In this week’s news highlights: Conflict in Tigray appears to show indications of genocidal tendencies; Journalists present evidence of Eritrean military in the conflict, and damage, looting and humanitarian disaster in Tigray; Violence against Eritrean refugees in Tigray continues; UN calls for full access to Tigray as first assessment missions enter; Children in Sudanese refugee camps face post-traumatic symptoms; ARCI reports the EU continues externalisation of migration policy in Sudan; The NCHRL rejects settling migrants and refugees in Libya; Italian pathologist tries to identify around 1,000 deaths from 2015 shipwreck; The EU calls for action for migrants and refugees in Bosnia; Refugees experience increase in mental health problems at ‘Moria 2:0’ camp; ‘Black book’ exposes thousands of illegal pushbacks in Europe; and at least over 3,000 fatalities on migration routes so far in 2020
On Thursday 26 November, members of the European Parliament held a plenary debate on the current situation in Ethiopia and the conflict in the Horn of Africa region. The speakers called for de-escalation and a resumption of the dialogue for peace between the Ethiopian federal government and representatives of the Tigray region. The discussion followed a draft Joint Motion for a Resolution on 25 November 2020, supported by several parliamentarians from different political parties. The motion was adopted by the European Parliament. European Commissioner for Crisis Management Janez Lenarcic announced plans to visit Sudan to speak to refugees.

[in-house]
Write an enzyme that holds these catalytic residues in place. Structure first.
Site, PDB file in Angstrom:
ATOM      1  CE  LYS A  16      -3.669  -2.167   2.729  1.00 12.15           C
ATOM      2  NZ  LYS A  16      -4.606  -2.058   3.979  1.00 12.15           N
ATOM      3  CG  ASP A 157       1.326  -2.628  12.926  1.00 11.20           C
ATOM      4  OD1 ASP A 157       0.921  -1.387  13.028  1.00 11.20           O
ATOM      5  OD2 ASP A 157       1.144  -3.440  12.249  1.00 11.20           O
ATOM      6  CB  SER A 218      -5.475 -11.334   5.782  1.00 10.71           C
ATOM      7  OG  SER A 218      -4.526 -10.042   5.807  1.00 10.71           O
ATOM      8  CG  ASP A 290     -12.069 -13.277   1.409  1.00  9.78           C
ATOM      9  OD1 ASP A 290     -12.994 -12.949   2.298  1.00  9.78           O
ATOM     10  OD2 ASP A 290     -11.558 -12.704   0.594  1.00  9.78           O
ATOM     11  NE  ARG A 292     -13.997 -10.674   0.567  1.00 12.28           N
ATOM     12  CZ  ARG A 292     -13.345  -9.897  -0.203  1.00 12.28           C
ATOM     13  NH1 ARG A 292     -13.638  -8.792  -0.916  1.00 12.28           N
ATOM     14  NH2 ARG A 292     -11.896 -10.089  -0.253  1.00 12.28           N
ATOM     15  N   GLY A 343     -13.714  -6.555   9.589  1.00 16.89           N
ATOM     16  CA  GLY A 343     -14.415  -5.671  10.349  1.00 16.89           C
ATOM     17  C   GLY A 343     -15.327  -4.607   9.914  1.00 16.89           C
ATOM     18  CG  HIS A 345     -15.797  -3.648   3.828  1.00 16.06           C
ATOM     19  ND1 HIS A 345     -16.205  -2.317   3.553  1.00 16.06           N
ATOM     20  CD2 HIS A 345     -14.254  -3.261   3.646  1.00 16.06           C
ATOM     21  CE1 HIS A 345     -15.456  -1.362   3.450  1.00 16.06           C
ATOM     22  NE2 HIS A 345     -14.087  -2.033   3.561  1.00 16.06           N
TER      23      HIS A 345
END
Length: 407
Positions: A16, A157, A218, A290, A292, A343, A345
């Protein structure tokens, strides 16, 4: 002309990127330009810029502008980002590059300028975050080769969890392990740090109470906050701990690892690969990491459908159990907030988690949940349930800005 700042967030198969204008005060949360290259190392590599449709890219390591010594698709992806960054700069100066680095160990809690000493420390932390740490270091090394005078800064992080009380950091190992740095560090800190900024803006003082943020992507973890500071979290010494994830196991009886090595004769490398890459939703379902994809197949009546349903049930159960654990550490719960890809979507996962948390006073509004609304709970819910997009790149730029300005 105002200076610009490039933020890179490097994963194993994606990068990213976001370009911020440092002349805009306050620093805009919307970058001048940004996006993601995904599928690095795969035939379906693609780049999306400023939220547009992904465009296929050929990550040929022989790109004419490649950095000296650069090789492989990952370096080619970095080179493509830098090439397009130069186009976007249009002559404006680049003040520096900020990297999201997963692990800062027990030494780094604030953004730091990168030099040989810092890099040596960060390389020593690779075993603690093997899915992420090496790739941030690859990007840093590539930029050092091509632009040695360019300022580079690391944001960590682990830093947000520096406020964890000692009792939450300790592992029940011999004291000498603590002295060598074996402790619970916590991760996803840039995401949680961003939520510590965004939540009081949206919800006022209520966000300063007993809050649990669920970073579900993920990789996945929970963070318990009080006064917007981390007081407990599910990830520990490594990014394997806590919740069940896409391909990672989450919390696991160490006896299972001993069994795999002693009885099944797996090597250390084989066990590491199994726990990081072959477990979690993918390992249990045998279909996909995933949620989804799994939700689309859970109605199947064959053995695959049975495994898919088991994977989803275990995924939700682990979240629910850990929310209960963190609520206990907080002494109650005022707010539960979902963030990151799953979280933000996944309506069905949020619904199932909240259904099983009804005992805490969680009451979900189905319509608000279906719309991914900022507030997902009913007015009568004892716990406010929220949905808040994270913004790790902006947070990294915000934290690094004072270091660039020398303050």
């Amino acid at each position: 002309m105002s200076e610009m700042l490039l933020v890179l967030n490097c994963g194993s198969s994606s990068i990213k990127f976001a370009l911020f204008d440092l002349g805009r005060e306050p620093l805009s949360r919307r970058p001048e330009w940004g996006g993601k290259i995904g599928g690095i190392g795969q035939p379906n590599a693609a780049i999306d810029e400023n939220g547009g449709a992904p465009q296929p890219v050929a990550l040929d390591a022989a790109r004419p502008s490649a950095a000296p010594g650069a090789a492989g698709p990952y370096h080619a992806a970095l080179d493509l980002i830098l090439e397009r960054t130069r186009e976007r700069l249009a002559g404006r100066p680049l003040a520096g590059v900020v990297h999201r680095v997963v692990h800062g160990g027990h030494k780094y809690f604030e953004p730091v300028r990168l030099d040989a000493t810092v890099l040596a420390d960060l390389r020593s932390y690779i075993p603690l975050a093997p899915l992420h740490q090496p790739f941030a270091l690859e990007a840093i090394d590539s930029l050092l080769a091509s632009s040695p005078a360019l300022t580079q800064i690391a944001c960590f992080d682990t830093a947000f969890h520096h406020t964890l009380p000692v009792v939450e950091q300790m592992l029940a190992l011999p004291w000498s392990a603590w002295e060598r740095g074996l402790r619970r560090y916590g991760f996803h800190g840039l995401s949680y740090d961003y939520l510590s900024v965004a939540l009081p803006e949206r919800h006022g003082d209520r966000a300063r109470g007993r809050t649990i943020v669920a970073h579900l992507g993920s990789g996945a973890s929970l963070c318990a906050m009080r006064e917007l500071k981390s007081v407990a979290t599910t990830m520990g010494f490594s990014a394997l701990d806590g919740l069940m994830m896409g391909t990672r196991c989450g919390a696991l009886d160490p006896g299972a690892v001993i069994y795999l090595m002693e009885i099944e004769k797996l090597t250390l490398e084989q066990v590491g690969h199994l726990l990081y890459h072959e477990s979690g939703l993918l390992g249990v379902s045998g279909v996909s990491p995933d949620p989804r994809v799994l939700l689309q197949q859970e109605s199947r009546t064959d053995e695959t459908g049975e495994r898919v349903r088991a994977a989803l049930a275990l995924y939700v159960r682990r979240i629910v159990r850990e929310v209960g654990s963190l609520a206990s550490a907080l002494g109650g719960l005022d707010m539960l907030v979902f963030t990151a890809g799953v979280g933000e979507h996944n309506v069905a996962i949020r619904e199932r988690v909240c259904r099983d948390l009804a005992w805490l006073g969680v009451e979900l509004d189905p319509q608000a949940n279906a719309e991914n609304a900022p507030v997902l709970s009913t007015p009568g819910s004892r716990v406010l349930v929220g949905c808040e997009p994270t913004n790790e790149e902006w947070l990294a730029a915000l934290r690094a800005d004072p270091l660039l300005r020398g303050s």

News about shipwrecks, returns or disembarkation of boats carrying migrants and refugees across the Mediterranean Sea is reported at least weekly, but more often daily, in international newspapers. This often includes loss of life, adding up to hundreds of people every year. The constant flow of information can numb one to the sheer frequency and numbers of deaths and missing people at sea. In the wake of the new Migration Pact proposed by the European Commission, experts warn that some EU policies may increase the risk for migrants and refugees.